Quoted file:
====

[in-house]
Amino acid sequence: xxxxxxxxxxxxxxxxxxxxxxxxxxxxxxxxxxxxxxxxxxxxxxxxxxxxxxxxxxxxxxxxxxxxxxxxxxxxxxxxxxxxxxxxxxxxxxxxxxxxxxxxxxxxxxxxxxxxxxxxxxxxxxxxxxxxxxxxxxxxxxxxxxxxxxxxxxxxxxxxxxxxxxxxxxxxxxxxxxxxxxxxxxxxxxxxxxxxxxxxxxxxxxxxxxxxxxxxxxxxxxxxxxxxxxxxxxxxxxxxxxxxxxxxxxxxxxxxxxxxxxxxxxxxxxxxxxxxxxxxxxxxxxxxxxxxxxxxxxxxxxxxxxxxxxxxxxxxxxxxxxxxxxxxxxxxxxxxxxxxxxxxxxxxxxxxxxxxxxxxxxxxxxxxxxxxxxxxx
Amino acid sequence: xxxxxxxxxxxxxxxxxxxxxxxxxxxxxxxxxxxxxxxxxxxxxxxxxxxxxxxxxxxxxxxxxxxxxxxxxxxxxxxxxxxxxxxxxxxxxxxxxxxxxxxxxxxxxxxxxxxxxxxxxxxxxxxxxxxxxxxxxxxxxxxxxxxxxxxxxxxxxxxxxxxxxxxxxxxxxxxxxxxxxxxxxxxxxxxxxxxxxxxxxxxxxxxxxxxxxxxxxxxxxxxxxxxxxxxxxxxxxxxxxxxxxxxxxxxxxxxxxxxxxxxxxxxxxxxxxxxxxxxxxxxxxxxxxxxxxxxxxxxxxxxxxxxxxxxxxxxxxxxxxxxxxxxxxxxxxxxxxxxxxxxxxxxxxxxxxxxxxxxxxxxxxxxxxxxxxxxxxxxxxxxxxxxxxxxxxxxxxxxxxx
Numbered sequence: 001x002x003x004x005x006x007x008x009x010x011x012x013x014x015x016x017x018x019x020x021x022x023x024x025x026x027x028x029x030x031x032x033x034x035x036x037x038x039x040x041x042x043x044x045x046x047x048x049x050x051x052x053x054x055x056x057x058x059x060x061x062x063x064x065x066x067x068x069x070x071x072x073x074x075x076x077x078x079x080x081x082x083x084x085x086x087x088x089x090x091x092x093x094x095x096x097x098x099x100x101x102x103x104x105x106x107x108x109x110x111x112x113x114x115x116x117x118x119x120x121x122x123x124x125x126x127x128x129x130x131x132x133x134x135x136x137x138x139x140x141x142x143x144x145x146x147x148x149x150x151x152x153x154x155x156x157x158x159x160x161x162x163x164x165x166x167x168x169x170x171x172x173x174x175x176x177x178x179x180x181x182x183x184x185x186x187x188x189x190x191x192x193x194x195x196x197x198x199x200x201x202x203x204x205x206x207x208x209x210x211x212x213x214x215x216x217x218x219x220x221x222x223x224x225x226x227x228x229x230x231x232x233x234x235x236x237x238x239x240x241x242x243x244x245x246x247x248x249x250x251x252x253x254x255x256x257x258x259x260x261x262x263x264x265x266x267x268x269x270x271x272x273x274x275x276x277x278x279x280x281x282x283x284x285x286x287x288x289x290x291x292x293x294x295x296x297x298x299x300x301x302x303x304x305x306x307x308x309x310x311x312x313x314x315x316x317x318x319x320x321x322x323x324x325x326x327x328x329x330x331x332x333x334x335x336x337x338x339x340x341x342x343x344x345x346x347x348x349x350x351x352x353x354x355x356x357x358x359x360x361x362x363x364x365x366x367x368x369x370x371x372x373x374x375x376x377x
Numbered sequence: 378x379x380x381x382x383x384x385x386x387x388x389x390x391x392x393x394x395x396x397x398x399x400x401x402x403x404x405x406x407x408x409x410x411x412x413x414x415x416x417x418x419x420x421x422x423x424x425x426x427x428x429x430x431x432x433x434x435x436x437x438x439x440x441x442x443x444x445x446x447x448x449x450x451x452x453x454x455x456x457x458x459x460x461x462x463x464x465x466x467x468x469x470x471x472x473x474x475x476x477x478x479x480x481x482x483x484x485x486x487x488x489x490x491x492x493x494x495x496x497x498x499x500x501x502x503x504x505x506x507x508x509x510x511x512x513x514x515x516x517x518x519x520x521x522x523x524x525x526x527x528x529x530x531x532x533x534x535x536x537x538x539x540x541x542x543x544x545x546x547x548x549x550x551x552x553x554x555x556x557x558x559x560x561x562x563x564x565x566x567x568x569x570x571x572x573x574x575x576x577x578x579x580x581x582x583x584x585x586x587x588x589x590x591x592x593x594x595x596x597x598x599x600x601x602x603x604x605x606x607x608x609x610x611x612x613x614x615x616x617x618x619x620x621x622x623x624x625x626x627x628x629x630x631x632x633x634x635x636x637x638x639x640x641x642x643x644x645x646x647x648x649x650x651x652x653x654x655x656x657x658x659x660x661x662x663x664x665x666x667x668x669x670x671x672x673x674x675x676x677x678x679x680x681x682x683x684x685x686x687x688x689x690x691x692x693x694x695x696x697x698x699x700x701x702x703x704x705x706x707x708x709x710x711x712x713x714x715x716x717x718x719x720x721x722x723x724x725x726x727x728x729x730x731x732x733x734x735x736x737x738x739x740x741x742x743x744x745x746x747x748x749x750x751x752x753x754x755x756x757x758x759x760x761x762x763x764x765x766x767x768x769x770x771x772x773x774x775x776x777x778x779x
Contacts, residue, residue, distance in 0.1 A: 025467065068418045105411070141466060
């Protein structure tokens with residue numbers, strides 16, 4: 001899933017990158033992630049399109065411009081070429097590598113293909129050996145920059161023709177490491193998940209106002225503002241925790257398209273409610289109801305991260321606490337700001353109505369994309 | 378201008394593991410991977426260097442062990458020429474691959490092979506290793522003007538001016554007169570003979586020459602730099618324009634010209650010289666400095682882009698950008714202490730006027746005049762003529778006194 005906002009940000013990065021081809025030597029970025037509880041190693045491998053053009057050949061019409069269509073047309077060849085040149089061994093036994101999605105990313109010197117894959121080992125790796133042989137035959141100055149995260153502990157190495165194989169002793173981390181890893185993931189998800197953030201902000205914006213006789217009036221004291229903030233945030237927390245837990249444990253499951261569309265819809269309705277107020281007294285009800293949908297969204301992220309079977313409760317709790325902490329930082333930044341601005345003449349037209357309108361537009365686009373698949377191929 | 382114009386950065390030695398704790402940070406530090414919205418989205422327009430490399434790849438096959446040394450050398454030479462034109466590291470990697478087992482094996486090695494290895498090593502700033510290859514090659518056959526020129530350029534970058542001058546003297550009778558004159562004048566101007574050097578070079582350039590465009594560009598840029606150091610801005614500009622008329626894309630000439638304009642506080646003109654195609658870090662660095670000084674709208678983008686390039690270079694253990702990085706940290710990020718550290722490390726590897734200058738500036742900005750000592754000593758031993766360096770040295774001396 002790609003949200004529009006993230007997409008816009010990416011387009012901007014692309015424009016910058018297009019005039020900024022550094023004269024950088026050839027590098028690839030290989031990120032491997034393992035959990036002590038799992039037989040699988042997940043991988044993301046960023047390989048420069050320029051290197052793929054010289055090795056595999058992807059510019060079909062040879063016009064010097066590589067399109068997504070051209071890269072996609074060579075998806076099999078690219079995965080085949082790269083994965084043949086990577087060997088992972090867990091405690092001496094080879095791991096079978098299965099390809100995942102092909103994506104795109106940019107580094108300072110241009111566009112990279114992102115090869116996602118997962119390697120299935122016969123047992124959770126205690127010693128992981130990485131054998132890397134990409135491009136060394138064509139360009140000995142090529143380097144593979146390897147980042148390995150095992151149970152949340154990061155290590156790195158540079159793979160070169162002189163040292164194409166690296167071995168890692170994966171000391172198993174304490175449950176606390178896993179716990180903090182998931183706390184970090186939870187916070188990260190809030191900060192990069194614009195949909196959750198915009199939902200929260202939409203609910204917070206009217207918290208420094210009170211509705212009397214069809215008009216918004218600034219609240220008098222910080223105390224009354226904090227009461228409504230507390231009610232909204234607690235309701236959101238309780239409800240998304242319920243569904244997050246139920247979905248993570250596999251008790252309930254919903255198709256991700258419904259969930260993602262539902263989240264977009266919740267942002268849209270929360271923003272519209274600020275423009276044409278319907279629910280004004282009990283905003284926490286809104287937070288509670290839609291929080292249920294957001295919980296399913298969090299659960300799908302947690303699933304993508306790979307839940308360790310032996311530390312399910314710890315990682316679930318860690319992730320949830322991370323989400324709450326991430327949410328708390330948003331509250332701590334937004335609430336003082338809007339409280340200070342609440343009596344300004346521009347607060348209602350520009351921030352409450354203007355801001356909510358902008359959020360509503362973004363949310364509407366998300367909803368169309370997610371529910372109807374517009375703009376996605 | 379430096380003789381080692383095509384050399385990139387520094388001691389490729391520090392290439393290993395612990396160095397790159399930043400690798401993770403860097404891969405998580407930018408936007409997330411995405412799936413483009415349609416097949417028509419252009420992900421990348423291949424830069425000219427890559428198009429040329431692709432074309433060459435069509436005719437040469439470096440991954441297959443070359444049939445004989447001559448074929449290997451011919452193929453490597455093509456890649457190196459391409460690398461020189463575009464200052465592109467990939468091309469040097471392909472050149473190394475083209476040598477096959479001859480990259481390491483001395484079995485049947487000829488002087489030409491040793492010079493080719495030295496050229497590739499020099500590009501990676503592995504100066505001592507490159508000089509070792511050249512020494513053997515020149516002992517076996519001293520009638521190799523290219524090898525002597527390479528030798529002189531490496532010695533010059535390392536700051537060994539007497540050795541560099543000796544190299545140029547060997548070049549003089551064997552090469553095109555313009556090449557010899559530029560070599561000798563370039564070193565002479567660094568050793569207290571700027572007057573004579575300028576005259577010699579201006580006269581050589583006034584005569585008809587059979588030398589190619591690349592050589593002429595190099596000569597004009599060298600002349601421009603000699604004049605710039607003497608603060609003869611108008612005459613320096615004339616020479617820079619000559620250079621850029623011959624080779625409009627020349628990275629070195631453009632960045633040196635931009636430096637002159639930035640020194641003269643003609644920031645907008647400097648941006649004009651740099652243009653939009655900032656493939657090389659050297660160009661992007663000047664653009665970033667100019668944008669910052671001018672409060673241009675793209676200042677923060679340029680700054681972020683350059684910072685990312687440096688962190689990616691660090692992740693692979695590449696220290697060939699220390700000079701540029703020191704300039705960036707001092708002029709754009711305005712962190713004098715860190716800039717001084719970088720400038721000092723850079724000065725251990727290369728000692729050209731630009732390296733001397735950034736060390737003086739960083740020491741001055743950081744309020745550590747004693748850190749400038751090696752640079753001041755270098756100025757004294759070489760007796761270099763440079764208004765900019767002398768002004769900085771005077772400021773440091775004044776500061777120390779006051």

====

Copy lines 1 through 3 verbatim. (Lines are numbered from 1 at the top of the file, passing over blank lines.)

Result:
[in-house]
Amino acid sequence: xxxxxxxxxxxxxxxxxxxxxxxxxxxxxxxxxxxxxxxxxxxxxxxxxxxxxxxxxxxxxxxxxxxxxxxxxxxxxxxxxxxxxxxxxxxxxxxxxxxxxxxxxxxxxxxxxxxxxxxxxxxxxxxxxxxxxxxxxxxxxxxxxxxxxxxxxxxxxxxxxxxxxxxxxxxxxxxxxxxxxxxxxxxxxxxxxxxxxxxxxxxxxxxxxxxxxxxxxxxxxxxxxxxxxxxxxxxxxxxxxxxxxxxxxxxxxxxxxxxxxxxxxxxxxxxxxxxxxxxxxxxxxxxxxxxxxxxxxxxxxxxxxxxxxxxxxxxxxxxxxxxxxxxxxxxxxxxxxxxxxxxxxxxxxxxxxxxxxxxxxxxxxxxxxxxxxxxxx
Amino acid sequence: xxxxxxxxxxxxxxxxxxxxxxxxxxxxxxxxxxxxxxxxxxxxxxxxxxxxxxxxxxxxxxxxxxxxxxxxxxxxxxxxxxxxxxxxxxxxxxxxxxxxxxxxxxxxxxxxxxxxxxxxxxxxxxxxxxxxxxxxxxxxxxxxxxxxxxxxxxxxxxxxxxxxxxxxxxxxxxxxxxxxxxxxxxxxxxxxxxxxxxxxxxxxxxxxxxxxxxxxxxxxxxxxxxxxxxxxxxxxxxxxxxxxxxxxxxxxxxxxxxxxxxxxxxxxxxxxxxxxxxxxxxxxxxxxxxxxxxxxxxxxxxxxxxxxxxxxxxxxxxxxxxxxxxxxxxxxxxxxxxxxxxxxxxxxxxxxxxxxxxxxxxxxxxxxxxxxxxxxxxxxxxxxxxxxxxxxxxxxxxxxxx